Thursday, August 31, 2017

Northern Goshhawk

Today we had a lot of things going on, so we squeezed in a short mid-morning walk for Buster and to make a quick bird list.  For convenience we went to nearby Wallace Marine Park.  Our normal route for walking around the ball fields looked a little congested so we elected to take a different route next to the river that we could make into a short loop.  Midway through the loop we spotted a large bird fly into a tight mix of cottonwood and big-leaf maple trees.  Looking with our binoculars we thought it was an immature Cooper's Hawk, it was for sure too big to be a Sharp-shinned Hawk. Just to be on the safe side I quickly took some photos so that I could get a closer look. When I got home and down loaded the photos into my laptop, I started to check some birding guides to confirm that our bird was a Cooper's Hawk, to my great surprise I began to realize we had a juvenile Northern Goshawk.  Neither Jeanette nor I had ever seen a Northern Goshawk before, so a new bird for Cascade Ramblings and a new Life Bird!  Further research revealed that this species is normally found in the high Cascades, and when seen here in the valley, it is usually in winter.  I'm guessing with the all the wildfires and smoke problems in the Cascades that it has fled here to the valley for better conditions.  Goshawks are bigger than a Cooper's Hawk or a Red-tailed Hawk, in fact they are only surpassed in size in the hawk group by Golden and Bald Eagles.  This fits with our first impression of a big bird.  Here is our eBird checklist.

Wednesday, August 30, 2017

Where Has The Time Gone.....

Tomorrow is the last day of August! Where has the time gone?  I noticed yesterday that I had written only one blog this month, and for the last two months I have only posted three per month.  What has happened?  This is from a blogger who, for example, did 20 posts for the month of August in 2010. It could be blamed on aging, my brain is now past three quarters of a century old. But the other reality is I am busier posting to Facebook and eBird than I was in 2010. I had joined Facebook in 2008, but I'm sure I didn't post much.  Now, in addition to my own FB page, I manage two other additional pages, Salem Audubon Nature Reserve, and Salemtowne Birders.  I didn't join eBird until 2011 and and at that time I probably tried to put up a bird list once a week.  Now I post to eBird at least once every day, and also try to add to the new feature of photos.  Bottom line I'm spending a lot of my time on other media in place of my blog.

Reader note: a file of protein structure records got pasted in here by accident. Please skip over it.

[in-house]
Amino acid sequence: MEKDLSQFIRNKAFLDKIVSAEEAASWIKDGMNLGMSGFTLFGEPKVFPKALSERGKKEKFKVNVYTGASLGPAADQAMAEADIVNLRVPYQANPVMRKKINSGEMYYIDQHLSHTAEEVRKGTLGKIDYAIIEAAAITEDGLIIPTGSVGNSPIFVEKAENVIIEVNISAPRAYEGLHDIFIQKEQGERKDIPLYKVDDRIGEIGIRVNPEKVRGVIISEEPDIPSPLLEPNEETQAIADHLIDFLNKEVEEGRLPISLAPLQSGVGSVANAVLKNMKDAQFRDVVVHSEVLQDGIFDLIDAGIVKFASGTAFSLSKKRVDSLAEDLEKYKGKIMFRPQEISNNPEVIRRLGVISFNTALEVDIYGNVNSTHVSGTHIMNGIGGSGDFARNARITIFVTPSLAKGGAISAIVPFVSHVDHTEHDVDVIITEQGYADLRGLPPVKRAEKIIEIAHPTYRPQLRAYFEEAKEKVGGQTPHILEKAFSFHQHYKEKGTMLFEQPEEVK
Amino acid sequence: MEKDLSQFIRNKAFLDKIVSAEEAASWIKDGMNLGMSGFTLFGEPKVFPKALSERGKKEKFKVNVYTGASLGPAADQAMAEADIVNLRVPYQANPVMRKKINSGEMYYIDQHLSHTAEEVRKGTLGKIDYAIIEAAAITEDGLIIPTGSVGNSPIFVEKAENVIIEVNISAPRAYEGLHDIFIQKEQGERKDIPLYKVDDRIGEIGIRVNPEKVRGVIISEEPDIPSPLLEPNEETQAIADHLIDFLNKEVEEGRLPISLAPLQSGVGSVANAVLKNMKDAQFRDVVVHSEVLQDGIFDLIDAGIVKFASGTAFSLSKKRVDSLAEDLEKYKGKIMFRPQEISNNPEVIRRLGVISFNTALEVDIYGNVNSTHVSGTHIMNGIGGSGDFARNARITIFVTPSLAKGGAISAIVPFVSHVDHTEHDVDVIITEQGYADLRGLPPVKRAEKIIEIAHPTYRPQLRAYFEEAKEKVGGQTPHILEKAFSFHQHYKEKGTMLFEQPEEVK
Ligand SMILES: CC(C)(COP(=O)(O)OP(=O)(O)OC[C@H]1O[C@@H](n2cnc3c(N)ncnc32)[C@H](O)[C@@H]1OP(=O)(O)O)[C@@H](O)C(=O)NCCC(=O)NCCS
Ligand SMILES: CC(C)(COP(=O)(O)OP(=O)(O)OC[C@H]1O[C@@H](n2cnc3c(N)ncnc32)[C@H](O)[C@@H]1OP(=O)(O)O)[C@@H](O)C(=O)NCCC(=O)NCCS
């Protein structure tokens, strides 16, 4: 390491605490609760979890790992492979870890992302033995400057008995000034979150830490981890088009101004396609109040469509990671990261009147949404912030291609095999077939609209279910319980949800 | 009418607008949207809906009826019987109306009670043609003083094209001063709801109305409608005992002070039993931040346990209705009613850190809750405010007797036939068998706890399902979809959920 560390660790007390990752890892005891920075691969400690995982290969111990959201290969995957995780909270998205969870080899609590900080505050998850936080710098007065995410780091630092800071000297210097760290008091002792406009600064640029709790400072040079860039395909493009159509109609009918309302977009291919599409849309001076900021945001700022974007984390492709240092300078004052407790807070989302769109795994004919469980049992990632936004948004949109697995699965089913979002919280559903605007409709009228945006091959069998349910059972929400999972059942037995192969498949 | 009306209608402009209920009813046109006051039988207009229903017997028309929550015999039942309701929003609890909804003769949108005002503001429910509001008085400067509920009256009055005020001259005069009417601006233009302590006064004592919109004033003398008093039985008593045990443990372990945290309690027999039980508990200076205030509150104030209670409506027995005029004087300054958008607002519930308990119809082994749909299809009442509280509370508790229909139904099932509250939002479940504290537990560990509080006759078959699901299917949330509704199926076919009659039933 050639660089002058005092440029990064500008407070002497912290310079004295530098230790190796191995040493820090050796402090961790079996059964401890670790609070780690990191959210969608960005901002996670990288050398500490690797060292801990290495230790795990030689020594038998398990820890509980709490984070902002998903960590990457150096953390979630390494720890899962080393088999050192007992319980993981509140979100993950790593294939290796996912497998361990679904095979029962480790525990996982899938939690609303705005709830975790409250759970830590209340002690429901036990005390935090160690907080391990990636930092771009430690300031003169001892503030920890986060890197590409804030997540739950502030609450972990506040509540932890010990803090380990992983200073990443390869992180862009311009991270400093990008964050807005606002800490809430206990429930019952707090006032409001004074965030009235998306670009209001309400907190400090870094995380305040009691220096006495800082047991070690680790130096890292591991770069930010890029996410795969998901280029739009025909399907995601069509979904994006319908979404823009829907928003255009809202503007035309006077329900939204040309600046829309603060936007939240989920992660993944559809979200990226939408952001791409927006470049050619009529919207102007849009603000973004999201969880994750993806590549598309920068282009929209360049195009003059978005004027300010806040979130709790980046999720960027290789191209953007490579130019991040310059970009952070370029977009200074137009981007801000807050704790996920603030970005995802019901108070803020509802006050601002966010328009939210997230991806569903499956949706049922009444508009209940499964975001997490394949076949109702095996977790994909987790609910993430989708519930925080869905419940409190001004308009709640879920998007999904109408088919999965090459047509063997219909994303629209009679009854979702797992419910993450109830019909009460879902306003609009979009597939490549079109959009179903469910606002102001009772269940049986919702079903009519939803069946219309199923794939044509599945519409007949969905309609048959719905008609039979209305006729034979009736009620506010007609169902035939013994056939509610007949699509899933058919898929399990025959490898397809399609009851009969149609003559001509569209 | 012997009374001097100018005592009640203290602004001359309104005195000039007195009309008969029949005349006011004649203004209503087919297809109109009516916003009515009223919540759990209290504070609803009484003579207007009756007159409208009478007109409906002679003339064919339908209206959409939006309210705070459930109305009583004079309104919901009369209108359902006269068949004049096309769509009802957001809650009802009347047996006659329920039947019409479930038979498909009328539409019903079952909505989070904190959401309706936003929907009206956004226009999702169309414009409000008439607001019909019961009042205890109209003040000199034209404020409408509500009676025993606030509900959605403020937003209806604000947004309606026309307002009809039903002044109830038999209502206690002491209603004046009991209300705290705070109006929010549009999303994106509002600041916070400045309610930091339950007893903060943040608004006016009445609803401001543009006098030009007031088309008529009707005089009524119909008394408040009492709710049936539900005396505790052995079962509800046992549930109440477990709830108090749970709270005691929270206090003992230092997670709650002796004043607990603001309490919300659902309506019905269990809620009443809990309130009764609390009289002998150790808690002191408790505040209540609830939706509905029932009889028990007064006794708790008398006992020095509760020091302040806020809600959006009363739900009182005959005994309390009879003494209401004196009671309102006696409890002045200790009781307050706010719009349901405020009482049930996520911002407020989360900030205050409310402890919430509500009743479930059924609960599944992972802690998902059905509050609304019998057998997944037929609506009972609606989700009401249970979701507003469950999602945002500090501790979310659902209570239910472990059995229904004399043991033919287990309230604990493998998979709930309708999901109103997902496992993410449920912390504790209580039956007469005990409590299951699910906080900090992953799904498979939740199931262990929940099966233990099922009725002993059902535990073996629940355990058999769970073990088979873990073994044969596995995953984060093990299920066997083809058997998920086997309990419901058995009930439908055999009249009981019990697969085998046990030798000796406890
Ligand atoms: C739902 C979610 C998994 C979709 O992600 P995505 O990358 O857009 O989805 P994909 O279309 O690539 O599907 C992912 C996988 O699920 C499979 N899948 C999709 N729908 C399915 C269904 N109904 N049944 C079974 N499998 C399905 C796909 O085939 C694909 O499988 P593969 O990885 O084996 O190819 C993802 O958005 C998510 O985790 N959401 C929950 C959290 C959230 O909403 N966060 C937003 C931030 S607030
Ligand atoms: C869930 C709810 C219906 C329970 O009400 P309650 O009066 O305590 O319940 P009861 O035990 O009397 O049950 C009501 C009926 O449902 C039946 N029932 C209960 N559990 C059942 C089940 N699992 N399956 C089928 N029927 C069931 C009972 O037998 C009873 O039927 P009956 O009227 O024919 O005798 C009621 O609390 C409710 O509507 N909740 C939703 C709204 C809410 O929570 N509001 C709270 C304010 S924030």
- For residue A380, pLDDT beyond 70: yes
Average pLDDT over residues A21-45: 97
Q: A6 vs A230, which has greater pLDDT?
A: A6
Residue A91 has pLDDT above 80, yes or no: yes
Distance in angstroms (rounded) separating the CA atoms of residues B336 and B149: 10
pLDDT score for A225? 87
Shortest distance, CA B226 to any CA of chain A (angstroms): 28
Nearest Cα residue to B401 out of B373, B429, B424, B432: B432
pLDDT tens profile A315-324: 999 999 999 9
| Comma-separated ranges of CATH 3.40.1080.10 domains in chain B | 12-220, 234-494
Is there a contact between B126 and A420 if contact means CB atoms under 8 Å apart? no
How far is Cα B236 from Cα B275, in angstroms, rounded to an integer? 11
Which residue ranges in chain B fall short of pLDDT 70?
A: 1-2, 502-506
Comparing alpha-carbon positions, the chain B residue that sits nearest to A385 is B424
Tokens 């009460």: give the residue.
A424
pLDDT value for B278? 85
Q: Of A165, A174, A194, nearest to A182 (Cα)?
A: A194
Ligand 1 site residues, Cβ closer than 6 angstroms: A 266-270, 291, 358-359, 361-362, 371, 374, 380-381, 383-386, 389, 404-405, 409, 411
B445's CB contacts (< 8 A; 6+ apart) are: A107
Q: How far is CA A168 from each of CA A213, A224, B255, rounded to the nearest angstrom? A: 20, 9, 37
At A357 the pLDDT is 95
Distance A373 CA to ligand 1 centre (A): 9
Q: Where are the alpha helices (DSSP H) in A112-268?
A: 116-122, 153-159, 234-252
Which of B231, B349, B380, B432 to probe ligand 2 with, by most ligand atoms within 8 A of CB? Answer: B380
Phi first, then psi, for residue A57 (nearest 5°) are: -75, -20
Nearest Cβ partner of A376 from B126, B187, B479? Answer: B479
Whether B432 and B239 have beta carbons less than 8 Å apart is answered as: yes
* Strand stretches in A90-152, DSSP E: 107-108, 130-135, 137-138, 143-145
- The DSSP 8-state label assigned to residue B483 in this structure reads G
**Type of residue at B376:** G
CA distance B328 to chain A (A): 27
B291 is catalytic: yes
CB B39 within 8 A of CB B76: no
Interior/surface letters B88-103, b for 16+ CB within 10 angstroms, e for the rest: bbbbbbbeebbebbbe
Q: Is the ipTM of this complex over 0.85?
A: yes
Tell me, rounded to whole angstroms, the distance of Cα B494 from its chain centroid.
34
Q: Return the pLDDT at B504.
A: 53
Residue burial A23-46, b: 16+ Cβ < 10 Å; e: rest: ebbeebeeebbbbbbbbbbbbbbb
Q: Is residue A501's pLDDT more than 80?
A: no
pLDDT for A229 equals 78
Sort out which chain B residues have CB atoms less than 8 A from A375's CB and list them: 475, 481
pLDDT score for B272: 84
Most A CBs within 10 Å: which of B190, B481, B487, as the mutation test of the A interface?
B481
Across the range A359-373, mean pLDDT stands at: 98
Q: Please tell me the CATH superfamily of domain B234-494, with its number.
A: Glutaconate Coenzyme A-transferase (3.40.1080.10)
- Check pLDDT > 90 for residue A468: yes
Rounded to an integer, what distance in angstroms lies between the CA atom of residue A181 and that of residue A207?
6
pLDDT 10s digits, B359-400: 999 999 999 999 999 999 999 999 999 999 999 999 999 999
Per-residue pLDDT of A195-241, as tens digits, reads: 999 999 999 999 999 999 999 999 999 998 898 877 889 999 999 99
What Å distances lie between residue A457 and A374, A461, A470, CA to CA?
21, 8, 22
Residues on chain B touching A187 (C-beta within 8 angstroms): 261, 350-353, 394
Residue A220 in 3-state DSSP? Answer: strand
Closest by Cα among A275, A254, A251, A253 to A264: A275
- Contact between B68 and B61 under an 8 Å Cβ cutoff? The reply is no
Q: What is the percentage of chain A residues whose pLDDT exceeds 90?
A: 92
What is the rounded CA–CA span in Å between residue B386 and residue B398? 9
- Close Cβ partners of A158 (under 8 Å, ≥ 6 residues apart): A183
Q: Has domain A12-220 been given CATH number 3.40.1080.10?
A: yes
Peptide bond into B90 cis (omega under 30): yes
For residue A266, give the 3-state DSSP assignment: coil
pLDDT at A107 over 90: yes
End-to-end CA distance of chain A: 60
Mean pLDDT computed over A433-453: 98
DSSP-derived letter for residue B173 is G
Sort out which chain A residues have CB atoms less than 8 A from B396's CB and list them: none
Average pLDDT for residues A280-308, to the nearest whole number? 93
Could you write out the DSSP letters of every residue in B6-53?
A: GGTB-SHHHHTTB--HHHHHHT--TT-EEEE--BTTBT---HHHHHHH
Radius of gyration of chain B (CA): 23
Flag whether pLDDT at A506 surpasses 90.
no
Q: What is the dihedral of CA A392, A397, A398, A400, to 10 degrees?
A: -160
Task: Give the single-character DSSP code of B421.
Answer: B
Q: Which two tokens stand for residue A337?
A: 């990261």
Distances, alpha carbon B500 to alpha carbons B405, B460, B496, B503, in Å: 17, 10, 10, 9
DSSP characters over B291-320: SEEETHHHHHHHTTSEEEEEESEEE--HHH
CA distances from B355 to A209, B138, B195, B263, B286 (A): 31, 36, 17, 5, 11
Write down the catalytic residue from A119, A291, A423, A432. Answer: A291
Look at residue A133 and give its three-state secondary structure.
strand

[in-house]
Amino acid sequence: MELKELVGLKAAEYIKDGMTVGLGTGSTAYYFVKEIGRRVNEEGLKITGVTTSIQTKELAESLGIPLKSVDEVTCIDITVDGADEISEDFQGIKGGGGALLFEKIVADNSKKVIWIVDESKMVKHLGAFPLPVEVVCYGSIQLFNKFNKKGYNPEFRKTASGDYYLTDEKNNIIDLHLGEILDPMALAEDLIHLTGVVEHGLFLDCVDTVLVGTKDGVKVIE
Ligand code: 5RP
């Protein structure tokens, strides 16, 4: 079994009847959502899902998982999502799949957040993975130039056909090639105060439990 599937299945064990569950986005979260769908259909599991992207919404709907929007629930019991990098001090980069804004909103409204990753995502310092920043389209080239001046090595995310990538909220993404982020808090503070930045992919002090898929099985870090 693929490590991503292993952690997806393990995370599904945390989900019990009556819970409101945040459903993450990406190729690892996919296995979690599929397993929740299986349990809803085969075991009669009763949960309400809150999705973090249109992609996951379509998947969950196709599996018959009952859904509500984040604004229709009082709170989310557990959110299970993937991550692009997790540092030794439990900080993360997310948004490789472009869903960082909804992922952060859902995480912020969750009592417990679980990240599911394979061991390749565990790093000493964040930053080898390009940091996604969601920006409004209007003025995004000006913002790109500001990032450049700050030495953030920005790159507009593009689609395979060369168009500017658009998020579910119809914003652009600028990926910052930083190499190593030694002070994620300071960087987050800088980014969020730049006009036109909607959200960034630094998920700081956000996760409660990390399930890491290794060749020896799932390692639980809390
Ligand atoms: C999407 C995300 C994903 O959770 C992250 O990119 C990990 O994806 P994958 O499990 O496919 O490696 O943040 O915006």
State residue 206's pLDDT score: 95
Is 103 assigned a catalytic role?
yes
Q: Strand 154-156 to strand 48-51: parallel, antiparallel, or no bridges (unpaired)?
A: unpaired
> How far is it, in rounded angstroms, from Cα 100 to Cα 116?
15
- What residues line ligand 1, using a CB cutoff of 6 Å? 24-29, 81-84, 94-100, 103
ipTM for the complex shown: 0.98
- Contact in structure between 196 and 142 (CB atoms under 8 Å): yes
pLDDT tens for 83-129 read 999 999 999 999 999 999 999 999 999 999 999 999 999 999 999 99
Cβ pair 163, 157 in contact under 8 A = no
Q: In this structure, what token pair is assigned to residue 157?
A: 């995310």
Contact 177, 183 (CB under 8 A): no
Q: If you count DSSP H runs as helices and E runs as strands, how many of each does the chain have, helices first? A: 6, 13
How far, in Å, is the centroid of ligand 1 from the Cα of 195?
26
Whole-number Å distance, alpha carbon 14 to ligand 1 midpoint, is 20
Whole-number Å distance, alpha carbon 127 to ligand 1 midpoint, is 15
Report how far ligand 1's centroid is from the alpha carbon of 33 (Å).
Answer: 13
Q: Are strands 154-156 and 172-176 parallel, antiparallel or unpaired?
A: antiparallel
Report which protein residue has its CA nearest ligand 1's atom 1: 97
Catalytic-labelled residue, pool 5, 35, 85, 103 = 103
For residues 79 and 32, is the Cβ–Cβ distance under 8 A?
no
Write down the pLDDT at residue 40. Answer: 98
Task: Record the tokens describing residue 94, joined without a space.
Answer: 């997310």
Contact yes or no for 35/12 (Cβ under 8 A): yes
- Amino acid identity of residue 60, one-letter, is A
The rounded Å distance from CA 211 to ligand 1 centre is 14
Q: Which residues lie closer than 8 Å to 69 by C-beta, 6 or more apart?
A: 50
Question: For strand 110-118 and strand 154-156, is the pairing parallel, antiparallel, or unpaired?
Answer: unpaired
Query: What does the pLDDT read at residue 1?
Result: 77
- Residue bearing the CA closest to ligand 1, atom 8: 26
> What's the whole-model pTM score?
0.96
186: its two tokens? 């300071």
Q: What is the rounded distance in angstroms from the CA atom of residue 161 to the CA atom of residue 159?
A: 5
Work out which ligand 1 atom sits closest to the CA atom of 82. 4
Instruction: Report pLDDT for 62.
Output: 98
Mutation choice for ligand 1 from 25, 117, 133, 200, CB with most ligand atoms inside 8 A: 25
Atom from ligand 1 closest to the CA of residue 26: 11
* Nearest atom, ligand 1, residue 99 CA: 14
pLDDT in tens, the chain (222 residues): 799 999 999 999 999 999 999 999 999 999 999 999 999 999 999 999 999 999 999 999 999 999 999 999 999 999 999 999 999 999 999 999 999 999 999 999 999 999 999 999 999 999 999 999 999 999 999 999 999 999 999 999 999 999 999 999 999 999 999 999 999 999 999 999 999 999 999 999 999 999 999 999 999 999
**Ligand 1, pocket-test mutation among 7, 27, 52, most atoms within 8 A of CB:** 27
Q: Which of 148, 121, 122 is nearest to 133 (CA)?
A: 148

This photo is of a lone juvenile at the Salem Audubon Nature Reserve. I saw it today take a practice loop to a tree,  abort a poor attempt at landing on a limb, and have to circle back to the nest. This is the last juvenile of three to leave this season's nest, and I was struck by where has the time gone.  It has been a fascinating year to watch the Osprey, from the arrival of the parents this spring, their courtship and nest building, the birth of the chicks, the effort of the mom and the dad to feed and protect them, and now only one juvenile is left, and it too will soon be heading south.  Where has the time gone?  Well it rolls on day by day, month after month, season upon season and year after year.

Sunday, August 13, 2017

Osprey Fledglings Being Fed

It's easy to notice in this photo an Osprey bringing a fish to the nest, but there are many layers to the story of what is actually going on here.  The photo was taken today at Wallace Marine Park during a standard route we take that circles the soft-ball complex.  When we first started we spotted a juvenile sitting on a light pole, and then found another juvenile on the nest which is built on top of a large cluster of lights. We noticed an Osprey fly in and possibly leave a fish in the nest.  This happened a second time as we cicled the playing fields, and the bird on the nest seemed to be eating the fish.  As we were about to complete our circle,  some crying from the juveniles allerted us to a possible feeding coming up.  The juvenile off of the nest flew to the nest, and then a third Osprey which had been sitting on a nearby power pole flew to the nest at which time I got this photo.  This is the dad with the fish, and it appeared that he waited on purpose until both juveniles were on the nest to bring in the fish.  The juveniles have fledged and are able to fly, but dad at this point is still bringing them fish to eat. Hunting for their own fish is the next skill they will have to learn in the next few weeks before taking off for probably Central America for the winter.